For the very first time in my recollection, the entire front yard and large sections of the back had turned into a colourful carpet of wild crocus flowers and snowdrops, this time of the Galanthus type. That same bedazzling spread of purple and white would become the setting of this year’s utepils.
The Chosen One
My utepils of choice happened to be a bottle of Tripel Karmeliet, arguably one of Belgium’s most famous beers and rightly considered to be a modern classic. Concocted by the Bosteels brewery located in the Flemish town of Buggenhout, some twenty kilometres north west of Brussels, this robustly delicious brew was first introduced in 1996 and became internationally renowned after being declared ‘World’s Best Ale’ at the World Beer Awards in 2008.
The exposure that ensued this recognition of craftsmanship is said to have prompted sales to skyrocket to the extent that, for a while, there was a global shortage of Tripel Karmeliet. For those reluctant to believe such a seemingly tall tale, and I fully understand your scepticism, I can assure you that the possibility may not appear so far-fetched once you actually find yourself drinking the stuff.
Even though Tripel Karmeliet is a relatively new beer, the recipe on which it is based has existed since 1679. That was the year when the friars of the former Carmelite monastery in the town of Dendermonde, just up the road from Buggenhout, started blending nature’s gifts of barley, oats and wheat to produce a multi-grain beer. The modern-day adaptation contains spices and flavours that are bound to have been beyond the friars, along with the concept of bottle re-fermentation, but their original idea lives on in style.
Tripel Karmeliet is instantly recognisable in looks as well as taste. It has a deep golden colour, topped with a creamy white head. Put to the nose, it offers a complex odour of vanilla mixed with herbs and citrus. The addition of wheat and oats into the grist – the malt crushed to make mash for brewing – gives the beer a uniquely crisp savour that is bitter, sweet, fruity, and hoppy, all at once. If your palate is anything like mine, it will tantalise your taste buds and you will not hesitate to pour another.
Proceed at your own risk though, the term ‘Tripel’ does not refer to the use of the three grains. On the contrary, it is a general denomination signifying the use of three times the amount of malt in the wort – the sweet liquid drained from the mash of grains that is subsequently fermented to make beer (and whiskey…) – eventuating in a higher ABV. The application of this method leaves Tripel Karmeliet with an alcohol percentage of 8.4 so, keeping that in mind, you might want to pace yourself. Or not.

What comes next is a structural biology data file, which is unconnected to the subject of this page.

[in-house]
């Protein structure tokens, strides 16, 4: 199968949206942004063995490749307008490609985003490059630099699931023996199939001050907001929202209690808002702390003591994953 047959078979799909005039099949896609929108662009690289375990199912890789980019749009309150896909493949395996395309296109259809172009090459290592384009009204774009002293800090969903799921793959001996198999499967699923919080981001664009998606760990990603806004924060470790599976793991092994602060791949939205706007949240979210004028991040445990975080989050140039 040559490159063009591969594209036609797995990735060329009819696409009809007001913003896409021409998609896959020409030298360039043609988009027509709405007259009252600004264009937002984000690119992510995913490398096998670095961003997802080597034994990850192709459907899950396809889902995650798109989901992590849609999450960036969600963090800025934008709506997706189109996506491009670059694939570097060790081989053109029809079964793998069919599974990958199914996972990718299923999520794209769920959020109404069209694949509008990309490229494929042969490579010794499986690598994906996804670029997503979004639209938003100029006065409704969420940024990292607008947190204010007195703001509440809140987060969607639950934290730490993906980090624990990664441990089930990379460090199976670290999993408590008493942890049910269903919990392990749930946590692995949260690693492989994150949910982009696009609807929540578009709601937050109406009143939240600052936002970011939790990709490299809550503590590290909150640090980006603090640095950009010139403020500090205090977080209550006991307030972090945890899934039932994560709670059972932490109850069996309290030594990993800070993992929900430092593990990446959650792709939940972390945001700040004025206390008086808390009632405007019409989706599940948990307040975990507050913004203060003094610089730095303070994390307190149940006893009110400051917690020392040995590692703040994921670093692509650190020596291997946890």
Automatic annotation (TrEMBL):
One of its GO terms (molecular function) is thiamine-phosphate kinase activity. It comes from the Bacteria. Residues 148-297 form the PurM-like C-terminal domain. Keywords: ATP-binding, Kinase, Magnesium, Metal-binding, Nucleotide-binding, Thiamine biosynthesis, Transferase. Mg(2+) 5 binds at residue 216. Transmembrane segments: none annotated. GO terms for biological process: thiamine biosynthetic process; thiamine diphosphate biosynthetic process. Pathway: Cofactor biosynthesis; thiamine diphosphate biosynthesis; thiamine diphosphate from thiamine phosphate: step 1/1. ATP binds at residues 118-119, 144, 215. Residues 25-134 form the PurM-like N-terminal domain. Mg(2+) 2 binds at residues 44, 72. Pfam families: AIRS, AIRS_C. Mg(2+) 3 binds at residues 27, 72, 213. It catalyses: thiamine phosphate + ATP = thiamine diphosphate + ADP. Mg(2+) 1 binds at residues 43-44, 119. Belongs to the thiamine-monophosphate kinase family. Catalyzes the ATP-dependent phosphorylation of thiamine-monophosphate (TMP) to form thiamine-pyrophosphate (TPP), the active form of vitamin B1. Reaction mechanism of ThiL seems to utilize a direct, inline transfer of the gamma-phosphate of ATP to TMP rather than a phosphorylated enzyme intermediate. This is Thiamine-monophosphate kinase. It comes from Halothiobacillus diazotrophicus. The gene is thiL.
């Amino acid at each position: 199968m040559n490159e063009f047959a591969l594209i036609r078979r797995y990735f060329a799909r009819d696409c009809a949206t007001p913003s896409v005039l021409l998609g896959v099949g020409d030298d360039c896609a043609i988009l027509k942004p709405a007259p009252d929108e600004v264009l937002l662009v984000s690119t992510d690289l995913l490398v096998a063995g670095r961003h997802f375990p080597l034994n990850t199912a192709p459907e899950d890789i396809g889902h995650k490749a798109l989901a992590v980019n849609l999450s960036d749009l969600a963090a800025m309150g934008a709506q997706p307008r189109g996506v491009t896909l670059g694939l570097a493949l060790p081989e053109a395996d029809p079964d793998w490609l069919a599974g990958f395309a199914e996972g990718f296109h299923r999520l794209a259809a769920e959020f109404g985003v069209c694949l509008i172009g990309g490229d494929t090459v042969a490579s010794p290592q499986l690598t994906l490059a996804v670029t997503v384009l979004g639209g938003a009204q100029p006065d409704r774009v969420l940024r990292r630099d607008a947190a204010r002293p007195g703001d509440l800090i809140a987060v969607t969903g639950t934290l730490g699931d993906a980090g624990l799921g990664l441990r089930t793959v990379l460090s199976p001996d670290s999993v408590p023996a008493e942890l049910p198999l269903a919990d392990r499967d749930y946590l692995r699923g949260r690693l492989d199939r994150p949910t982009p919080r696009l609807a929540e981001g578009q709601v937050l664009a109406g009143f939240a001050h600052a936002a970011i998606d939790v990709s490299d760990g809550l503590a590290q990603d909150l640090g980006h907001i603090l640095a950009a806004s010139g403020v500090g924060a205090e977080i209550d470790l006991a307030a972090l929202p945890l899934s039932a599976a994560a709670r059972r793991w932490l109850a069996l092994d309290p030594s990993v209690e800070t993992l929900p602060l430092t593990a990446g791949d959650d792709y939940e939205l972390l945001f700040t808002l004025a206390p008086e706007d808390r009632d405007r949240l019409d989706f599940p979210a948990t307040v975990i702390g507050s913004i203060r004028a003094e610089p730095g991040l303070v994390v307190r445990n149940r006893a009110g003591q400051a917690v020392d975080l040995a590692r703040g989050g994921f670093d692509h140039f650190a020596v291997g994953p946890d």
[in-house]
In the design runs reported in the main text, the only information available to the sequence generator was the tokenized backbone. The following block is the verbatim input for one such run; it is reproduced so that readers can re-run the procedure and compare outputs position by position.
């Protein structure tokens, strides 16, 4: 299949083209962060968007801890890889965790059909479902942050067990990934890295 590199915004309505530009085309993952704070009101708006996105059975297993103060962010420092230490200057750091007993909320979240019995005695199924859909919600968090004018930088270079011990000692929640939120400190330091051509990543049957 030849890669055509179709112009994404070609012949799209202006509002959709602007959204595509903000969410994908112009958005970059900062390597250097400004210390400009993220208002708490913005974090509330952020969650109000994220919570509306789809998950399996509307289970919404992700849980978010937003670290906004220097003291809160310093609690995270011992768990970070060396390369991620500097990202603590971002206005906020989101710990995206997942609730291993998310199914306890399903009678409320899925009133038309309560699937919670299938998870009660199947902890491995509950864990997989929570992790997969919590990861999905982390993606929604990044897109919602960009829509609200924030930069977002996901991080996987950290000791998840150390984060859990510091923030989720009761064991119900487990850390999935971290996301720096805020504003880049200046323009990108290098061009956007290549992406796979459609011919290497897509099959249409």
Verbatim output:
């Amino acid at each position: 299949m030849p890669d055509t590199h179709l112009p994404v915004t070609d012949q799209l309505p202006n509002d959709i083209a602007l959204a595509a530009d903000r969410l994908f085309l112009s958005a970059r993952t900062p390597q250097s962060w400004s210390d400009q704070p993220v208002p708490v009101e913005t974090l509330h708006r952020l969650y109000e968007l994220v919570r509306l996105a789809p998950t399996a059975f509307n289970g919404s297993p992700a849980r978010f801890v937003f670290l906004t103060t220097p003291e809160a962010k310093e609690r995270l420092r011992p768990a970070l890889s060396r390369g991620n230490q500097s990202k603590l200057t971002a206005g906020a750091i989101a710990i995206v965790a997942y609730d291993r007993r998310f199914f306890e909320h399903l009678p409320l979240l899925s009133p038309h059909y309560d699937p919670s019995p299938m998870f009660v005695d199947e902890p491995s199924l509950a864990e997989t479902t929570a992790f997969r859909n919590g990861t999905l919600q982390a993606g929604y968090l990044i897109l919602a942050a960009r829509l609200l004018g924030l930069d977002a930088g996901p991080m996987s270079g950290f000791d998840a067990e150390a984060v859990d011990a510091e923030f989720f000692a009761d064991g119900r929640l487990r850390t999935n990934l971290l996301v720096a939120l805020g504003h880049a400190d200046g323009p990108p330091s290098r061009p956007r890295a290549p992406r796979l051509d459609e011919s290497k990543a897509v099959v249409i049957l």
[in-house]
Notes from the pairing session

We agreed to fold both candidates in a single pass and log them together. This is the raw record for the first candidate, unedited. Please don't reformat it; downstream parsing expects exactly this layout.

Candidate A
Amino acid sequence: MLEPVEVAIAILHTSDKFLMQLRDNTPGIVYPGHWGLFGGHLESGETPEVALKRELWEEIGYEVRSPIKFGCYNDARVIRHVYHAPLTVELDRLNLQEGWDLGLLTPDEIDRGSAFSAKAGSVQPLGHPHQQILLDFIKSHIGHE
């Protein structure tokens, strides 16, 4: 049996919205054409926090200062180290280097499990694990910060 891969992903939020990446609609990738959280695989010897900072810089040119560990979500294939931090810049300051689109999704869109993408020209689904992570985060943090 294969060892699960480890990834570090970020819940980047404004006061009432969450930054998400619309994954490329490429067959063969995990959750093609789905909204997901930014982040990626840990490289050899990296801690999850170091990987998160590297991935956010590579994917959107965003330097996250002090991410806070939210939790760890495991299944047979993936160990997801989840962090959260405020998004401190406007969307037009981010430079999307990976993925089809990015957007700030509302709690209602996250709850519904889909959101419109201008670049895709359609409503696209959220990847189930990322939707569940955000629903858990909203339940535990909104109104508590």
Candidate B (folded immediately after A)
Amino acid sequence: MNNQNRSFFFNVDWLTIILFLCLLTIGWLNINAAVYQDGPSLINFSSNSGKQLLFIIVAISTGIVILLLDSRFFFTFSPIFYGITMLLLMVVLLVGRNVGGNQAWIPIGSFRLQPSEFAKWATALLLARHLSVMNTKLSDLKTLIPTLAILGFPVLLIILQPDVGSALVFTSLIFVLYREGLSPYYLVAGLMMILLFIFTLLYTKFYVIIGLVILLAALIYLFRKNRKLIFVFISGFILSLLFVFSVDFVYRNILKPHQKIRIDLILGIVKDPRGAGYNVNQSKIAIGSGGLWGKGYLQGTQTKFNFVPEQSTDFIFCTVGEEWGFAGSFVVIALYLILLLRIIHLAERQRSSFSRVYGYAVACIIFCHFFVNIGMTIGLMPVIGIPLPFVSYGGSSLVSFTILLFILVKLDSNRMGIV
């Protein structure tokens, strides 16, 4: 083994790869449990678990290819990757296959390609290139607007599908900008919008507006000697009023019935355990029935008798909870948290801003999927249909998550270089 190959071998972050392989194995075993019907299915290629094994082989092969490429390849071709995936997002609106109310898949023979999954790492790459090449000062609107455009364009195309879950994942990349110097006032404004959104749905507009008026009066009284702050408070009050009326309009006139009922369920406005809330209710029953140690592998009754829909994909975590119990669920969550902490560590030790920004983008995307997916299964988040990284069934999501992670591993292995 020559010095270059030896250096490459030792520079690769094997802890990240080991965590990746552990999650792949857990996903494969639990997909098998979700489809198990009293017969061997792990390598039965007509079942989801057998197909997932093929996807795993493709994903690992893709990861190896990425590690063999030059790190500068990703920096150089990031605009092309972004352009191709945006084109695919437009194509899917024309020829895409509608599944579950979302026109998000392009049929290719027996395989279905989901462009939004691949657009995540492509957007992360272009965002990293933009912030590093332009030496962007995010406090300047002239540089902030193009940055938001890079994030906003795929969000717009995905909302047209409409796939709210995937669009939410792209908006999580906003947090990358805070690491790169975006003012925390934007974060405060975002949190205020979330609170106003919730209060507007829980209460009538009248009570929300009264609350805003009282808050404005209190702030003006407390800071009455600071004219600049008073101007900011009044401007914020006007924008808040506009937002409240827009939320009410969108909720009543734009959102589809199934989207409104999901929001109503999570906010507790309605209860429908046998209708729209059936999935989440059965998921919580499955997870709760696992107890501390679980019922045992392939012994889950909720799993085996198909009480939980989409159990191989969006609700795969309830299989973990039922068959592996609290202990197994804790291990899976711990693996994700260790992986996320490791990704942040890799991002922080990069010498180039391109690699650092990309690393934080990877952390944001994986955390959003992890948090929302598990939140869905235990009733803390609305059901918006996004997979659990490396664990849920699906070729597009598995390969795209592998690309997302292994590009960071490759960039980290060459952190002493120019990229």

The ‘Moment Suprême’
On the day in question, I myself was in no mood to binge. I ventured out into the backyard after lunch, positioned myself on the soft lawn moss amongst a plethora of blooming wild flowers and in full view of the sun, and spent a good two hours sipping on the contents of a single bottle of Tripel Karmeliet. Two friends of mine joined me in a shameless breach of the nationwide pandemic protocol in effect at the time, which stated that individual households were not permitted to receive more than one outside guest per day.
We talked about this and that and global warming, as one does when consciously experiencing the warmest February day now on record in the Netherlands. I had watched an enthralling documentary about keystone species – organisms whose presence and role help define entire ecosystems to the extent that their absence causes these ecosystems to collapse – the evening before and expressed my conviction that the strategic re-introduction of some of those species in certain parts of the world could potentially help combat the effects of climate change.
I was also forced to admit that the rewards of this approach would take decades to reap and, well, nobody has time for anything but instant results these days. Natural regeneration is great and all but technological solutions, spurred on by perpetual economic growth, are the absolute apex of human achievement. In order to advance, we must continue to destroy what we cannot control. And so it shall be: The anticipation of utepils in January, then December, and finally on Mars.